by Nadja Reissland, Brian Francis, James Mason
Although some research suggests that fetuses yawn, others disagree arguing that is it simple mouth opening. Furthermore there is no developmental account of fetal yawning compared with simple mouth opening. The aim of the present study was to establish in a repeated measures design the development of fetal yawning compared with simple mouth opening. Methodology/Findings
Video recordings were made of the fetal face and upper torso visualized by means of 4D full frontal or facial profile ultrasound recordings. Fifteen healthy fetuses were scanned four times at 24, 28, 32 and 36 weeks gestation. Yawning was distinguished from non-yawning in terms of the length of time it took to reach the apex of the mouth stretch, with yawns being defined as more than 50% of the total time observed. To assess changes in frequency, a Poisson mixed effects model was fitted to the count of number of yawn and simple mouth opening events with age and gender as fixed effects, and person as a random effect. For both yawns and simple mouth openings a smooth varying age effect was significant. The number of yawns observed declined with age from 28 weeks gestation, whereas simple mouth openings were less frequent and the decline was observed from 24 weeks. Gender was not significant either for yawn and simple mouth openings. Conclusions/Significance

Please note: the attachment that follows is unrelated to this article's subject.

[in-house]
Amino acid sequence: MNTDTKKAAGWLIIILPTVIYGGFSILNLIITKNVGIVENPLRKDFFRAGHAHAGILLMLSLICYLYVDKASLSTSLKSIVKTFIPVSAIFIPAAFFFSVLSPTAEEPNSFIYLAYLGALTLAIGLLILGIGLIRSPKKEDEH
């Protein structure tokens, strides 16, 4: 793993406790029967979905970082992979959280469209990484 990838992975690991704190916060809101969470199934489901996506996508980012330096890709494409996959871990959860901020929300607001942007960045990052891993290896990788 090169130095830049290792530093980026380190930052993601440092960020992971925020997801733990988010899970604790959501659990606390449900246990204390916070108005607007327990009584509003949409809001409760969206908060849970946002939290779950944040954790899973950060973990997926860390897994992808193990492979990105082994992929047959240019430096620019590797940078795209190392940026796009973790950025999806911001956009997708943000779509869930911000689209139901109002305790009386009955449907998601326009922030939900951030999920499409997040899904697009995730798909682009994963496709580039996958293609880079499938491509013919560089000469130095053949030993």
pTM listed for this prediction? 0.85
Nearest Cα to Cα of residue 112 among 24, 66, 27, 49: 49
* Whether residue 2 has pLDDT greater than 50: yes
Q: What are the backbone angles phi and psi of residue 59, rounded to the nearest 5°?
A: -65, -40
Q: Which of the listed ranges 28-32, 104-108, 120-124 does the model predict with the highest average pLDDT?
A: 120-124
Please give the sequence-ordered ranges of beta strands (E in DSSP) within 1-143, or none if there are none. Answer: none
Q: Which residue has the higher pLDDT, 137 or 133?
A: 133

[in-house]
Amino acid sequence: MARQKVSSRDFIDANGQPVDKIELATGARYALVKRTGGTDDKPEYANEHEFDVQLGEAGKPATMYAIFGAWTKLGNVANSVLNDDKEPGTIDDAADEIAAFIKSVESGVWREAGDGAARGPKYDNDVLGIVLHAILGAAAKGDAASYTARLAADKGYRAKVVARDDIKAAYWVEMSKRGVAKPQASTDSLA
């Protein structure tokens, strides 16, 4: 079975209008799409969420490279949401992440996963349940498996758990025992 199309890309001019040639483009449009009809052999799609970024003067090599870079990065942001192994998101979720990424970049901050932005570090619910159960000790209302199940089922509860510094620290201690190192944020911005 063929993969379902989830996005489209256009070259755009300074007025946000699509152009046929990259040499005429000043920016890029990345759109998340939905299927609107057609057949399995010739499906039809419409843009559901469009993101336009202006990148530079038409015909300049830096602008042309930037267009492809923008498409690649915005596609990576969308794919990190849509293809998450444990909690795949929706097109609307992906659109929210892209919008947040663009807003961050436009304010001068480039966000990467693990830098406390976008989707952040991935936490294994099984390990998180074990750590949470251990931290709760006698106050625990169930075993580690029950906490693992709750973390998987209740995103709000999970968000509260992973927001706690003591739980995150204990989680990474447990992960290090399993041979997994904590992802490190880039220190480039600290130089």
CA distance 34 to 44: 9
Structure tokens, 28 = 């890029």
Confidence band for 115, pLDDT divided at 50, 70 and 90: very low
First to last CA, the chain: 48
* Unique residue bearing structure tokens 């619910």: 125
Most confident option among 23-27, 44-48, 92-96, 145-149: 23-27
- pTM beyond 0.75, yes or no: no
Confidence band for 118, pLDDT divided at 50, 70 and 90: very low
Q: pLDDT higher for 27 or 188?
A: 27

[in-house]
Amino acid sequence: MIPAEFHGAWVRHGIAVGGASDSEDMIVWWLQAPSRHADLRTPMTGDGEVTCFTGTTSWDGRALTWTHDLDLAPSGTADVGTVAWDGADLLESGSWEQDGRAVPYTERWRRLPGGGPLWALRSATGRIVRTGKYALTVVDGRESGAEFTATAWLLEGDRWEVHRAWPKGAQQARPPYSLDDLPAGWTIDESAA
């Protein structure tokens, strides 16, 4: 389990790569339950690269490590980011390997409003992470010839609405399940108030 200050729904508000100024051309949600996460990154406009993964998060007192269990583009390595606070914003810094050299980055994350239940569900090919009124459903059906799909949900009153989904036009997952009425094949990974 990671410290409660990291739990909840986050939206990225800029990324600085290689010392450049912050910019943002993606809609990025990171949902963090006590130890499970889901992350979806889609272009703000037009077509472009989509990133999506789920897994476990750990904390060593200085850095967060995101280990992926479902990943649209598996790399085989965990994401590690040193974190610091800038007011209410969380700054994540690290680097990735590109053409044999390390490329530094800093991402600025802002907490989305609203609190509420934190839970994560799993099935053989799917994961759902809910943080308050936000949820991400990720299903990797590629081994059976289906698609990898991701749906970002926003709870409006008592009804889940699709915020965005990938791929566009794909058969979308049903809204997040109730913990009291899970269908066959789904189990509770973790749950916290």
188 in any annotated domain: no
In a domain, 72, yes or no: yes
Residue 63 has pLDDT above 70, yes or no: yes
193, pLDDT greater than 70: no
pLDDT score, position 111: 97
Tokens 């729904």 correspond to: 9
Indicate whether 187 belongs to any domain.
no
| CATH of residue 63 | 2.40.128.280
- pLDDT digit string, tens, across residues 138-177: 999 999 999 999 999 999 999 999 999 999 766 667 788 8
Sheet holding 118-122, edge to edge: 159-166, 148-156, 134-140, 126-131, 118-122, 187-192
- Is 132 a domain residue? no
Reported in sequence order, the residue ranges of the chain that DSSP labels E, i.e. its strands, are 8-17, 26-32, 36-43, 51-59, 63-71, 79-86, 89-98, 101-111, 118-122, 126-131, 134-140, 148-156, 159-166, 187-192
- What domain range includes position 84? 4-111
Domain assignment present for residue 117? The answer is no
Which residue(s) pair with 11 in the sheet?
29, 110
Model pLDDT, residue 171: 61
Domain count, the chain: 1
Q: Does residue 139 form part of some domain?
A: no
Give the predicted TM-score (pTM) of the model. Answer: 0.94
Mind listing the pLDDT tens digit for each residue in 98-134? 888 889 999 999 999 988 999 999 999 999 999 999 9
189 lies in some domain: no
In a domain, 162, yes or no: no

Yawning can be reliably distinguished from other forms of mouth opening with the potential of using yawning as an index of fetal healthy development.